The Appendix: Friend or Foe?

By Chuck Dinerstein, MD, MBA — Dec 30, 2019
For a first-year surgical resident, the appendix (specifically, it’s removal) represents a prized surgical operation. For trained surgeons, the appendectomy is usually an urgent affair that requires giving up sleep or angering patients who have their office care delayed. Understanding the “true” role of the appendix requires both the hygiene hypothesis and the microbiome.
From the Countway Library of Medicine on Flickr

“The hygiene hypothesis suggests that our immune system works best when it has been exposed to a diversity of foreign others and that population measures of hygiene, such as running water, waste disposal systems have not so much weakened as altered our responses.”

The appendix is an outpouching at the very beginning of the large intestine, in an area called the cecum. It is of variable length, but its internal diameter is relatively small and constant. It contains a great deal of “lymphoid tissue,” a component of our immune system, like lymph nodes, harboring white blood cells. Most cases of appendicitis in Western, high hygiene, countries, are felt to be due to this lymphoid tissue enlarging, closing off the small lumen of the appendix. Subsequently, the mucous created within the appendix causes pressure to build, cutting off the appendiceal blood supply. The death of the appendix results in spillage of the large intestine contents, bacteria, and feces, throughout the abdomen.

Untreated appendicitis is lethal, with mortality that approached 85%. Surgical and medical management have significantly reduced this number to roughly 0.4%, mainly due to the effects of the spillage of a burst appendix. But we digress.

The key here is mucous, that slippery fluid more often associated with a runny nose. But mucus serves many masters, capturing large dust particles from entering our lungs to providing a protective barrier where bacteria can hide and hang out. Mucous, which in this instance is termed a biofilm, acts as a “safe house” for bacteria allowing them to escape from other bacterial predators, and antibiotic assault. As it turns out, the appendix has the highest concentration of these biofilms throughout the large intestine. These biofilms do not cling inside the appendix forever but are continuously shed, along with their bacterial contents downriver, so to speak, through the large intestine. Finally, the position of the appendix at the beginning of the large intestine, and its small opening afford it protection from bacterial invaders both in the fecal stream or that have arrived from oral intake.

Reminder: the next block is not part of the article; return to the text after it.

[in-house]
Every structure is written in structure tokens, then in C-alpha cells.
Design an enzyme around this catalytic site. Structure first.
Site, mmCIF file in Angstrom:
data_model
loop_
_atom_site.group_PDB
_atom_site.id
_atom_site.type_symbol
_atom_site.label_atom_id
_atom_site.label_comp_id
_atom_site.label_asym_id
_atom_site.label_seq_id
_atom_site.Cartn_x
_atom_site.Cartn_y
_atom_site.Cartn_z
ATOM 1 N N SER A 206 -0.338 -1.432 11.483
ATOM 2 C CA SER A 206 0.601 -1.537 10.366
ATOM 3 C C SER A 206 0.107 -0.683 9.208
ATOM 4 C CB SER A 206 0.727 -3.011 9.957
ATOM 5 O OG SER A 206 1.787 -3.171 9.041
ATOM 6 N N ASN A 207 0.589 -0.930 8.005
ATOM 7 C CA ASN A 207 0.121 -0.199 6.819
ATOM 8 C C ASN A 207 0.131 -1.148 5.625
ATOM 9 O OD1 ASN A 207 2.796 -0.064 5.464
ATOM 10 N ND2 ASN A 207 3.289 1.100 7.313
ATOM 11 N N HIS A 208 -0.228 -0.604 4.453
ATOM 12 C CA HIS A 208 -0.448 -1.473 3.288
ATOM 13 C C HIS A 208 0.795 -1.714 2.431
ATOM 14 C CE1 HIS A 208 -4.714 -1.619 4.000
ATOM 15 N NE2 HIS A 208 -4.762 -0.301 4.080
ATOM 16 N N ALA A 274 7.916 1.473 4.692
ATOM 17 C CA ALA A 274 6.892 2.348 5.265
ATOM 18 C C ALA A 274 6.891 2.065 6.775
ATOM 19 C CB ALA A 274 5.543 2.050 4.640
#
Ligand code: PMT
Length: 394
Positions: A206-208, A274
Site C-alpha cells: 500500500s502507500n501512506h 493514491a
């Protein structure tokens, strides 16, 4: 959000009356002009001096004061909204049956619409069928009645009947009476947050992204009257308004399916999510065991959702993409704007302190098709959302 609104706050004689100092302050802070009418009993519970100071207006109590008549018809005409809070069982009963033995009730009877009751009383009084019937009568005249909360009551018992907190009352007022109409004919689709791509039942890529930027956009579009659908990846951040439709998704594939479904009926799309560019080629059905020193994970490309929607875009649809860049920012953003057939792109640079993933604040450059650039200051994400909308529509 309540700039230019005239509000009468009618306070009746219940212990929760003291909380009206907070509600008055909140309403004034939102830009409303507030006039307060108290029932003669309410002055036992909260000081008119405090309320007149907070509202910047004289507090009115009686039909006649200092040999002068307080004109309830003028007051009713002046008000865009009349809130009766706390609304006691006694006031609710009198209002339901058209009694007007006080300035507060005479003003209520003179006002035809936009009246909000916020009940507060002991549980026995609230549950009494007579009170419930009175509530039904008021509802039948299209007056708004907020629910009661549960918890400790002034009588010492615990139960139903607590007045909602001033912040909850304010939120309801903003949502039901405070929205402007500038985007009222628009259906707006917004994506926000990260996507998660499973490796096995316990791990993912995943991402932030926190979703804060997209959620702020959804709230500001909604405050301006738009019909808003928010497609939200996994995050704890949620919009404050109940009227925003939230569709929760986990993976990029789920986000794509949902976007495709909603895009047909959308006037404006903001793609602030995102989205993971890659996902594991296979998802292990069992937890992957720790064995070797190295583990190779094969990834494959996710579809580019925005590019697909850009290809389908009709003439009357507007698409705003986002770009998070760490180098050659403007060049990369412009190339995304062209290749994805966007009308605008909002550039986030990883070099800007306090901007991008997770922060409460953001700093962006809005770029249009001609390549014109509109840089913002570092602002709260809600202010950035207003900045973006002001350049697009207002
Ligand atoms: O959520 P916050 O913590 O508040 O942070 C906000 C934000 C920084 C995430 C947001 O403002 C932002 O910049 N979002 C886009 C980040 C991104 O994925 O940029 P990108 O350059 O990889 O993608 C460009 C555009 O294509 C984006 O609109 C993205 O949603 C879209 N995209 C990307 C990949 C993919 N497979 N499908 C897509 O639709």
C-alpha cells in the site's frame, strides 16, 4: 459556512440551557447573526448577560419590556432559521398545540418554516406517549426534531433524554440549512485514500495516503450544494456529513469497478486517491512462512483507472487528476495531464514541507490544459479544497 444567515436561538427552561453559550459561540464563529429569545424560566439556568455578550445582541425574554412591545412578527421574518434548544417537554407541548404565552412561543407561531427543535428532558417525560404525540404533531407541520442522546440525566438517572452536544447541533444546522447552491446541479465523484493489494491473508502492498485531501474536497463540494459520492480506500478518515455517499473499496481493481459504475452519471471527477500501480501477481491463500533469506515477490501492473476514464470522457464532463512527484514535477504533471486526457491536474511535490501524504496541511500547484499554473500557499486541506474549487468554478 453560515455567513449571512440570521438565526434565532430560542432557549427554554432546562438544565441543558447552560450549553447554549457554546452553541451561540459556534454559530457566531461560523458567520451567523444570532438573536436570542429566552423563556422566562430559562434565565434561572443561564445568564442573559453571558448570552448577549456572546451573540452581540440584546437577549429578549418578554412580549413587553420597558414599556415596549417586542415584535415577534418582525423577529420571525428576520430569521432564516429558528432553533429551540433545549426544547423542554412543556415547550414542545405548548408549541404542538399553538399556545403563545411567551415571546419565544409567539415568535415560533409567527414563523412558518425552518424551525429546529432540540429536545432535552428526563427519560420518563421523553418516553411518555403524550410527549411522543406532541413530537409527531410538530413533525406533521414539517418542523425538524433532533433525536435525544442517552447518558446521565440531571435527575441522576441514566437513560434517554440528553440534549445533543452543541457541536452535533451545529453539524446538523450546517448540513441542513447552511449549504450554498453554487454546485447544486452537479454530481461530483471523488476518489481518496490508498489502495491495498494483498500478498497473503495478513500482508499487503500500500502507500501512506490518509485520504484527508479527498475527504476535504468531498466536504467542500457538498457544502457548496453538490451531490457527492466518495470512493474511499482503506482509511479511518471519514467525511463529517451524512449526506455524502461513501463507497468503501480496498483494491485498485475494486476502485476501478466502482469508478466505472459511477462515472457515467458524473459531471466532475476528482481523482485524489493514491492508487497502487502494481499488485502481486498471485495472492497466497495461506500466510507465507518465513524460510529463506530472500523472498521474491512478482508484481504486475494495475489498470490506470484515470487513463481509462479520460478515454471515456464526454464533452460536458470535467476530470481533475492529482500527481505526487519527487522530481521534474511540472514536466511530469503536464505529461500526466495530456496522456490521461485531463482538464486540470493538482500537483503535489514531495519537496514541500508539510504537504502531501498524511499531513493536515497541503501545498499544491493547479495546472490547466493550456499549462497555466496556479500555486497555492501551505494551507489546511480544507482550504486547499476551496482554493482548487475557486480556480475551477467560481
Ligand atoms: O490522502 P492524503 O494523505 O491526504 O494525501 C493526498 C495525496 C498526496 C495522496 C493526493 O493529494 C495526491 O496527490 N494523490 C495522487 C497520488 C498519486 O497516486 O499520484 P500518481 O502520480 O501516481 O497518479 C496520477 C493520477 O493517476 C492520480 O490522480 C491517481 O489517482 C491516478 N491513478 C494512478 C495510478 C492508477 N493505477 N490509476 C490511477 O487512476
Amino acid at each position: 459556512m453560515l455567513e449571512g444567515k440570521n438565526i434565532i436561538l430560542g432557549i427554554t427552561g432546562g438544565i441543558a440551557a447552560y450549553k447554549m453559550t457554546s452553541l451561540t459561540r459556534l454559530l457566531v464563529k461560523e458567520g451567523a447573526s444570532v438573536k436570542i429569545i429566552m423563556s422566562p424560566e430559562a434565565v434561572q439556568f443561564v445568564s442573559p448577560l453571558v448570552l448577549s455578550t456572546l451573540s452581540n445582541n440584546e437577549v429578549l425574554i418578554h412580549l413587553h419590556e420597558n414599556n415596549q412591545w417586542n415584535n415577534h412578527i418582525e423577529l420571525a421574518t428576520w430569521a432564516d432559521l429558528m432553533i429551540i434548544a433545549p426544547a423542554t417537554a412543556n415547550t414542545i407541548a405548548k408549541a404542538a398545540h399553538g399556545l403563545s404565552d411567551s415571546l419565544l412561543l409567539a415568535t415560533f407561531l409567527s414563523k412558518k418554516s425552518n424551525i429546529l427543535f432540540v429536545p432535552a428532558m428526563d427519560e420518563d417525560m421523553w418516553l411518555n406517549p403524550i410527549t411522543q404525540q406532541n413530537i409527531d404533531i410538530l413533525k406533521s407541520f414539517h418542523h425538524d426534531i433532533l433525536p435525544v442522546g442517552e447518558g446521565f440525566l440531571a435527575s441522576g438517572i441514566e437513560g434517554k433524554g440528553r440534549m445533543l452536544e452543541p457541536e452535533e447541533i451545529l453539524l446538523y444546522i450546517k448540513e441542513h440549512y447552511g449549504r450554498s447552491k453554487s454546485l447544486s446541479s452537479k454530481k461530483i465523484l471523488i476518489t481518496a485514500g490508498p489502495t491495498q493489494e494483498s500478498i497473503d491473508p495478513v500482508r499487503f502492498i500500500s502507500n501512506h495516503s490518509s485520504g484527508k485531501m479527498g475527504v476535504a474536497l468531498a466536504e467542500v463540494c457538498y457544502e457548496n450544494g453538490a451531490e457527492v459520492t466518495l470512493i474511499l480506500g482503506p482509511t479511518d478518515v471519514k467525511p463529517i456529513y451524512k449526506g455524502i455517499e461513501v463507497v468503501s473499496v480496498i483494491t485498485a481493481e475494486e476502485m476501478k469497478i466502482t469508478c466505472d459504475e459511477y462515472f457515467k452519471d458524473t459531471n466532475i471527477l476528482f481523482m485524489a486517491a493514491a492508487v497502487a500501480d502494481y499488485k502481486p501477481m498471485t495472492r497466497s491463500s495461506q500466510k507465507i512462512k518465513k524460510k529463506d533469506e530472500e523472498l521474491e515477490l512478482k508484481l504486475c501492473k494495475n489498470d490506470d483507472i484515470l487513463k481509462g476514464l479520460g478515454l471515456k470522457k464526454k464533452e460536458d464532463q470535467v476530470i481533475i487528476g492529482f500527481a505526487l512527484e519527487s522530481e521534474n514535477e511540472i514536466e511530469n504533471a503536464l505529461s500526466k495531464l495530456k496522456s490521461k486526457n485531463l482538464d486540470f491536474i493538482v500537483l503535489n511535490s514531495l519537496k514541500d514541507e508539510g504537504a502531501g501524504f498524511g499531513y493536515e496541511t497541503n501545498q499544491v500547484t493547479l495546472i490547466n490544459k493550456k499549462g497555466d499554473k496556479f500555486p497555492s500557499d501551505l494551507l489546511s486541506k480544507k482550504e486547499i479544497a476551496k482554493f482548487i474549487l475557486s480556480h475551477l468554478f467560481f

Taken all together, the belief is that the appendix serves to replenish the gut with its normal microbiome after undergoing infection by a pathogen. This is especially true for diarrheal diseases, often secondary to untreated drinking water, the type of conditions that kill many children in low hygiene countries. Diarrhea rapidly removed bacteria, good and bad, from the large intestine, resulting in the removal of the pathogen, but at the same time depletion of the normal bacterial microbiome. It is believed that the appendix holds the inventory of our normal flora, releasing it back to repopulate the large bowel’s microbiome.

Appendicitis is about 35 times more common in high hygiene countries as compared to those with low hygiene. And as the sanitation in these countries rises, so does the incidence of appendicitis.

‘When we come to realize how slowly evolutionary processes have affected man’s body in past times, we can hardly expect our internal digestive system to adapt itself to the rapid pace demanded by the ever-accumulating resources of civilization.’’

The hygiene hypothesis suggests that there is a mismatch between an immune system that developed over millions of years and the very recent improvements in hygiene. By that, I mean a reliable source of clean water and separated waste streams – changes that are roughly 100 to 150 years old.

All of this leads to an illustration of the meaning of “fitness” in evolution. In highly industrialized, hygienic countries, the loss of the appendix is of little apparent consequence; 5% of the population has had theirs surgically removed. For us, the appendix is more a disaster waiting to happen, or revenue enhancement, than an improvement in our fitness to survive. But for countries with water and food-borne gastrointestinal illness, the appendix continues its evolutionary role, restoring the microbiome after a diarrheal illness has swept everything away.

Much of this is not proven, and for a variety of ethical and logistical reasons, it is doubtful that a human study will be undertaken. But it does point out that “fitness” is not absolute, but contextual; it again raises the intriguing notion that our physical and societal evolutions are out of sync with one another.

“Given a wide range of observations from medical science, evolutionary biology, immunology, and comparative anatomy described above, it seems likely that the appendix, like other components of the immune system designed to fight threats that no longer apply to many humans, is not only made obsolete by factors associated with post-industrialized culture, but is overly reactive or sensitive due to an absence of stimulation.”


Source: The Cecal Appendix: One more Immune Component With A Function Disturbed By Post-Industrial Culture The Anatomical Record DOI: 10.1002/ar.21357



Chuck Dinerstein, MD, MBA

Director of Medicine

Dr. Charles Dinerstein, M.D., MBA, FACS is Director of Medicine at the American Council on Science and Health. He has over 25 years of experience as a vascular surgeon.

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